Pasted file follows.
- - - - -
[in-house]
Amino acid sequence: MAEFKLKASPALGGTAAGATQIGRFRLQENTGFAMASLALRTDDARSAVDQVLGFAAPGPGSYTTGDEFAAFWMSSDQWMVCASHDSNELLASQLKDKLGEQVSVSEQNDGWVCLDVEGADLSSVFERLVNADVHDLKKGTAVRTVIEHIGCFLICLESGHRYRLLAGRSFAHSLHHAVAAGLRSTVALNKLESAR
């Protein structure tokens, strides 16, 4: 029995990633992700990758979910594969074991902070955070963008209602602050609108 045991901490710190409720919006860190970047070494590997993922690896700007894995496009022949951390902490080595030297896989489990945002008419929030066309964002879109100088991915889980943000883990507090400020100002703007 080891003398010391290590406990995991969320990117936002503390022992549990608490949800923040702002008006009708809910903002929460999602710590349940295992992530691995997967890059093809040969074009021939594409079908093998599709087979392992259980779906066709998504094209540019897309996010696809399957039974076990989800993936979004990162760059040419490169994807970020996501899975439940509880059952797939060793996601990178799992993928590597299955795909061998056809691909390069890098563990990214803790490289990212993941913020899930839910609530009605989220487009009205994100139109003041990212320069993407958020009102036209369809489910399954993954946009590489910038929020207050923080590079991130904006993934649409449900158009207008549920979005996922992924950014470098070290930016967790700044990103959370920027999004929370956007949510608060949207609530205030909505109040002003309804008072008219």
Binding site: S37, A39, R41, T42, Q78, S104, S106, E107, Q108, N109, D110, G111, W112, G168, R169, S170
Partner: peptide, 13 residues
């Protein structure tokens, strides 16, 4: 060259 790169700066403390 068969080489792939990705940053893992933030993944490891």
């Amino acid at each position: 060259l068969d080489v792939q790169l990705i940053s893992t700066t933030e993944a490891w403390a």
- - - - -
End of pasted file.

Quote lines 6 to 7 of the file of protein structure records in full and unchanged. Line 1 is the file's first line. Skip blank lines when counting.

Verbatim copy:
């Protein structure tokens, strides 16, 4: 060259 790169700066403390 068969080489792939990705940053893992933030993944490891």
């Amino acid at each position: 060259l068969d080489v792939q790169l990705i940053s893992t700066t933030e993944a490891w403390a």